When Pope Francis flew from Italy to the Democratic Republic of Congo on Tuesday, the pope departed from world’s fifth-largest Catholic country, and landed in the sixth largest.
Long seen as mission territory, Africa is rapidly becoming the center of gravity of global Catholicism. Some might describe the visit by the Church’s first Latin American pope to the African continent as a symbol of the Church’s present, traveling from the region of its past to the region of its future.
The Pillar gives you a look at the numbers.
Among the largest Catholic countries
Seen as the center of the Catholic Church for much of the second millennium, Europe is no longer the home to the world’s largest Catholic populations. Italy has the largest number of baptized Catholics of any European country, and it ranks fifth in the world after Brazil, Mexico, the Philippines, and the United States. Next after Italy is the Democratic Republic of Congo, where Pope Francis is today.
Also among the top 15 countries by Catholic population is Nigeria, despite only 15% of its population being Catholic. And if the list of most Catholic countries were to expand the list by five more, three more African nations would make the list: Uganda, Tanzania, and Angola.
Read more: 'Demography reigns down in Africa'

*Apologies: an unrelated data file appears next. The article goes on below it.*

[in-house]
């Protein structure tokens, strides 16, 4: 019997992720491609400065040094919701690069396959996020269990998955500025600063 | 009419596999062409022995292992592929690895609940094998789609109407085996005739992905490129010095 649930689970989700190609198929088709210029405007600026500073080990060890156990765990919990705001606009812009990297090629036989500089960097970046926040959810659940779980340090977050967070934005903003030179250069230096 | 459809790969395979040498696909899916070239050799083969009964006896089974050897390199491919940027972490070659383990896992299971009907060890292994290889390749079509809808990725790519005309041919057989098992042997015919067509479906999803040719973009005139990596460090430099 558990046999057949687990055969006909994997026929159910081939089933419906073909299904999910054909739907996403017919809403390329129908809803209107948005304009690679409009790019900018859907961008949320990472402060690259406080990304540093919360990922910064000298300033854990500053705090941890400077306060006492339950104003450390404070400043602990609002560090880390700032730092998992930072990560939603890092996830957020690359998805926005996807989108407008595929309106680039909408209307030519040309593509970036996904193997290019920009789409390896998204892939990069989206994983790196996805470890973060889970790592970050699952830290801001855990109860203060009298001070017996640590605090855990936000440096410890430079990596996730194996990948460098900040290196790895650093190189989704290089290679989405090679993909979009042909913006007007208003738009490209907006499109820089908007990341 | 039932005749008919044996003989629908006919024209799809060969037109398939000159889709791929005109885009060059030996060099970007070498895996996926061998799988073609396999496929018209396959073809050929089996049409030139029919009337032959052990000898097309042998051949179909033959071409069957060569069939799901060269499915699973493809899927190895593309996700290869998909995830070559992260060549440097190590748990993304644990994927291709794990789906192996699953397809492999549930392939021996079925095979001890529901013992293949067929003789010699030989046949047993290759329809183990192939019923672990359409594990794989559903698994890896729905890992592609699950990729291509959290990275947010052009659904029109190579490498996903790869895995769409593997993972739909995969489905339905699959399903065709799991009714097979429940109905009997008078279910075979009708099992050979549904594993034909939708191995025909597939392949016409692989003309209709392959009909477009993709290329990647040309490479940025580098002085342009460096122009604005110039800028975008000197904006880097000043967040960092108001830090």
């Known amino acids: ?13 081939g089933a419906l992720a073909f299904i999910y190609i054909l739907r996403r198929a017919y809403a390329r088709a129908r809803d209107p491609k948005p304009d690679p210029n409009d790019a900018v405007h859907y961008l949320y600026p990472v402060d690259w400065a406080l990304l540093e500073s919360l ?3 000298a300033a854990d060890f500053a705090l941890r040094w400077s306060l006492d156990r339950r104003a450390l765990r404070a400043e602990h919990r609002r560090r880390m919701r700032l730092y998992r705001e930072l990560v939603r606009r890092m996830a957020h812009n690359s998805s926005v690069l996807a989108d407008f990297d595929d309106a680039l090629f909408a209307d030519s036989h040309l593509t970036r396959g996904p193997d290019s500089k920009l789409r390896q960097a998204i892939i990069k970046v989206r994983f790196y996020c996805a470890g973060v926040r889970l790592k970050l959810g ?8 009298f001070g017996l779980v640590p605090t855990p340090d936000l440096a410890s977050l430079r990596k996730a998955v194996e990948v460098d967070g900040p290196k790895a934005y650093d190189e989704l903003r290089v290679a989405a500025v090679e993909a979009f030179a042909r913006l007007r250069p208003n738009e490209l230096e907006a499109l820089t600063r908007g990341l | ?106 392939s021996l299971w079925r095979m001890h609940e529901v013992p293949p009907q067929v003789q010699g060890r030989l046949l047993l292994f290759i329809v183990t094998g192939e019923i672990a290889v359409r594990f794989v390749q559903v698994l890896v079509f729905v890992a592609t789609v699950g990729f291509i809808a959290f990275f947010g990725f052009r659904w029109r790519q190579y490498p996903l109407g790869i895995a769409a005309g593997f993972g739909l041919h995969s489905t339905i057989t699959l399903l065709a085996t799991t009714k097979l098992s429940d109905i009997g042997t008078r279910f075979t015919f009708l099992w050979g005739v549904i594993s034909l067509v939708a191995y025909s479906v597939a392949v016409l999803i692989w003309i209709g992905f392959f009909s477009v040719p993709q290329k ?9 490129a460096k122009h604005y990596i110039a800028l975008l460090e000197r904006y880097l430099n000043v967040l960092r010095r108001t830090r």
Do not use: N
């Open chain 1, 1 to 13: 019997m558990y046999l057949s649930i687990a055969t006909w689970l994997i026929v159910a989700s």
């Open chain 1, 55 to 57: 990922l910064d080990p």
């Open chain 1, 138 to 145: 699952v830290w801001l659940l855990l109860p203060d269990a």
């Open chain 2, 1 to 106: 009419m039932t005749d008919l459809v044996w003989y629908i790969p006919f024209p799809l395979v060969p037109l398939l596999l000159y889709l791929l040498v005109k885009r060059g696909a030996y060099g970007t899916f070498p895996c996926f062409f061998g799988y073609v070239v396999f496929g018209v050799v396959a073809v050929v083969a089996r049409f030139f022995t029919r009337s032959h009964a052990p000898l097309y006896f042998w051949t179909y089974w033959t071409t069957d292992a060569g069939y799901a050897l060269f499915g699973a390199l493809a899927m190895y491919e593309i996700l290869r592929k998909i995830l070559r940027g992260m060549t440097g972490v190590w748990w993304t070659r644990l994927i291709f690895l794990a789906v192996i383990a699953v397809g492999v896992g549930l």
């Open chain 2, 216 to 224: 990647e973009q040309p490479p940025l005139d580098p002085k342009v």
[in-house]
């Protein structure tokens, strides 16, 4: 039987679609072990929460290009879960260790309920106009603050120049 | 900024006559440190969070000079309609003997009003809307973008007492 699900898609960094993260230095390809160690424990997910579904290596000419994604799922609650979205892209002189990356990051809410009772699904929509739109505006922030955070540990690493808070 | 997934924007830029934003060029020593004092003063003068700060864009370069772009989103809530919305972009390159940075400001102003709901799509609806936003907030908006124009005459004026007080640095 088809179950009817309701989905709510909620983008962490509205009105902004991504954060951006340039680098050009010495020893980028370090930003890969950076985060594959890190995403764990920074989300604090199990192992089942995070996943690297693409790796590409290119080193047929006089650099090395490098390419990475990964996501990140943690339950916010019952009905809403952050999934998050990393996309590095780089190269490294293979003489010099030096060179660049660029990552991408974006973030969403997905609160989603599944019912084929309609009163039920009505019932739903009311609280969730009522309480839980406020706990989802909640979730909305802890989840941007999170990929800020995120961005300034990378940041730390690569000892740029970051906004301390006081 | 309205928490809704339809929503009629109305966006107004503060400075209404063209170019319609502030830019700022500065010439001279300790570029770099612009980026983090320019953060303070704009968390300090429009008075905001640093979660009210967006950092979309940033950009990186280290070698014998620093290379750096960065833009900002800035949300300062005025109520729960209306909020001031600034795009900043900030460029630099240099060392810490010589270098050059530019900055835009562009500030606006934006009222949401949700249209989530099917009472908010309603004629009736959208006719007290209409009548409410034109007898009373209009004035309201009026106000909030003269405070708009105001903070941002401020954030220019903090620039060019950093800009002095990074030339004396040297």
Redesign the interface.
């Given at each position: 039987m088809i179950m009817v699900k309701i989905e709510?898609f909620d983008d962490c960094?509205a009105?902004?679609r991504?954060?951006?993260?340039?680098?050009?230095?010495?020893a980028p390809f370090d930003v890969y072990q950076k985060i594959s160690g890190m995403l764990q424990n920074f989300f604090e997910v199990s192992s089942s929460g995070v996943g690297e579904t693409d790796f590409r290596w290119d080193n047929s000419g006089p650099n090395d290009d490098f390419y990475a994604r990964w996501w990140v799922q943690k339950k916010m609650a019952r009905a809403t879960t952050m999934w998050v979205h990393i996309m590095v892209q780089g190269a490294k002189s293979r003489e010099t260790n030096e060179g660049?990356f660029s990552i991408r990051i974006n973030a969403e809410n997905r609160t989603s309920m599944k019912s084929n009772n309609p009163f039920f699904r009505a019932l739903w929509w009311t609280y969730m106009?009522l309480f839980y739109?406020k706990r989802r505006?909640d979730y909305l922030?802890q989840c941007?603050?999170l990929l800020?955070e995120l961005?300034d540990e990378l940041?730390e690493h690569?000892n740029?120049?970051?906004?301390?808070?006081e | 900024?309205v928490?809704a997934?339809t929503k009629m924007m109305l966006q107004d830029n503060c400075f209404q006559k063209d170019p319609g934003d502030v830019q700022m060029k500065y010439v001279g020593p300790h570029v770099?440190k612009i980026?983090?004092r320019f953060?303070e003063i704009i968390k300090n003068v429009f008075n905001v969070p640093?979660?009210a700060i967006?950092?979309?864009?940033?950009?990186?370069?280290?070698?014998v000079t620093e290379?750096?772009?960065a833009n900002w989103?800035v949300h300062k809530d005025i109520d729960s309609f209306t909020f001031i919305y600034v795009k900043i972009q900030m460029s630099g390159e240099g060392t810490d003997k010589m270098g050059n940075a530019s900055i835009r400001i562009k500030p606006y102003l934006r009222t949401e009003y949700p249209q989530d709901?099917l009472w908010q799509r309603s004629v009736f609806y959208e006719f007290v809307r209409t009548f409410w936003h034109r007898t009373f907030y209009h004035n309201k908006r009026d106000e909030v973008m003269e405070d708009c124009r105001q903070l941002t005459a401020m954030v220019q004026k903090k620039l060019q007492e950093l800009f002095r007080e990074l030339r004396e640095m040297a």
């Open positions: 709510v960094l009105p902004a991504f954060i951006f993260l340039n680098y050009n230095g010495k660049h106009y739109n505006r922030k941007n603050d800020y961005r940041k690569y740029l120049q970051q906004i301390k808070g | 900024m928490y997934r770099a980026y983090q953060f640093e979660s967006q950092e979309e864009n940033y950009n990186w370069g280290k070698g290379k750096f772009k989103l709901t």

A quick look at the host countries
The Democratic Republic of Congo is the fourth largest country in Africa in terms of population, and at 55% Catholic (according to data from the World Christian Database) it is one of the continent’s most Catholic countries. Most other residents of the DRC are Protestant, with believers in Islam and other religions making up less than 5% of the population. However, survey data for the DRC can be challenging to collect because of violence and political instability.
After achieving independence from Belgium in 1960, the region was riven by rival political and military factions. President Mobutu imposed a dictatorship on the country from 1965 to 1997, during much of which time the country was called Zaire. Mobutu was overthrown in the First Congo War in 1997. However, a Second Congo War followed from 1998 to 2003, leading to the deaths of 5.4 million people through war and war-induced starvation.
Political stability has increased in the country since 2003, and elections in 2018 saw the country’s first peaceful transfer of power. But political instability remains a concern and many hope that Pope Francis can help to inspire both peace and increased justice and economic reforms.
To the northeast of the DRC, South Sudan is a much smaller country (about 11 million people) and is slightly less Catholic at 51% of the population. About 16% of the population is Protestant, while 33% follow indigenous animist religions and another 6% are Muslim.
South Sudan became an independent country after a referendum in 2011 after a history of ethnic and religious conflict between the region and the rest of Sudan, which is ethnically more Arab and religiously much more Muslim.